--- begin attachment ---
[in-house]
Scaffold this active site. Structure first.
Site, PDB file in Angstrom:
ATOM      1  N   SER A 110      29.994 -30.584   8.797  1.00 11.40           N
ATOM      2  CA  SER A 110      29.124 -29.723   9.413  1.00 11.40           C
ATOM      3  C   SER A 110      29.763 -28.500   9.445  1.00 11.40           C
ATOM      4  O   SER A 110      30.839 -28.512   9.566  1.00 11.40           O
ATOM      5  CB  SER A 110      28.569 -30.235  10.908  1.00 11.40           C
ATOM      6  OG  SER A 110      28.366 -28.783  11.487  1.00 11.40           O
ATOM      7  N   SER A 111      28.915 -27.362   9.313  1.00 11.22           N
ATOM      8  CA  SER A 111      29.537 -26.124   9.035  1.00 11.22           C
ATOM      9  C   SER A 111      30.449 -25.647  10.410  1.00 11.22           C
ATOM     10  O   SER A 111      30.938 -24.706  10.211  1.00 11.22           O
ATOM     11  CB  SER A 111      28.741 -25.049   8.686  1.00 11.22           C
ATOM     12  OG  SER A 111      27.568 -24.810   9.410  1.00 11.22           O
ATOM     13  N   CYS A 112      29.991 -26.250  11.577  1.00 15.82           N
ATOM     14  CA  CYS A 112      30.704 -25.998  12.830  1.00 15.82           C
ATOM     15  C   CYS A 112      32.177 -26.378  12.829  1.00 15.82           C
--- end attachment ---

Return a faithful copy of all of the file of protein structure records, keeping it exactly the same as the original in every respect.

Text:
[in-house]
Scaffold this active site. Structure first.
Site, PDB file in Angstrom:
ATOM      1  N   SER A 110      29.994 -30.584   8.797  1.00 11.40           N
ATOM      2  CA  SER A 110      29.124 -29.723   9.413  1.00 11.40           C
ATOM      3  C   SER A 110      29.763 -28.500   9.445  1.00 11.40           C
ATOM      4  O   SER A 110      30.839 -28.512   9.566  1.00 11.40           O
ATOM      5  CB  SER A 110      28.569 -30.235  10.908  1.00 11.40           C
ATOM      6  OG  SER A 110      28.366 -28.783  11.487  1.00 11.40           O
ATOM      7  N   SER A 111      28.915 -27.362   9.313  1.00 11.22           N
ATOM      8  CA  SER A 111      29.537 -26.124   9.035  1.00 11.22           C
ATOM      9  C   SER A 111      30.449 -25.647  10.410  1.00 11.22           C
ATOM     10  O   SER A 111      30.938 -24.706  10.211  1.00 11.22           O
ATOM     11  CB  SER A 111      28.741 -25.049   8.686  1.00 11.22           C
ATOM     12  OG  SER A 111      27.568 -24.810   9.410  1.00 11.22           O
ATOM     13  N   CYS A 112      29.991 -26.250  11.577  1.00 15.82           N
ATOM     14  CA  CYS A 112      30.704 -25.998  12.830  1.00 15.82           C
ATOM     15  C   CYS A 112      32.177 -26.378  12.829  1.00 15.82           C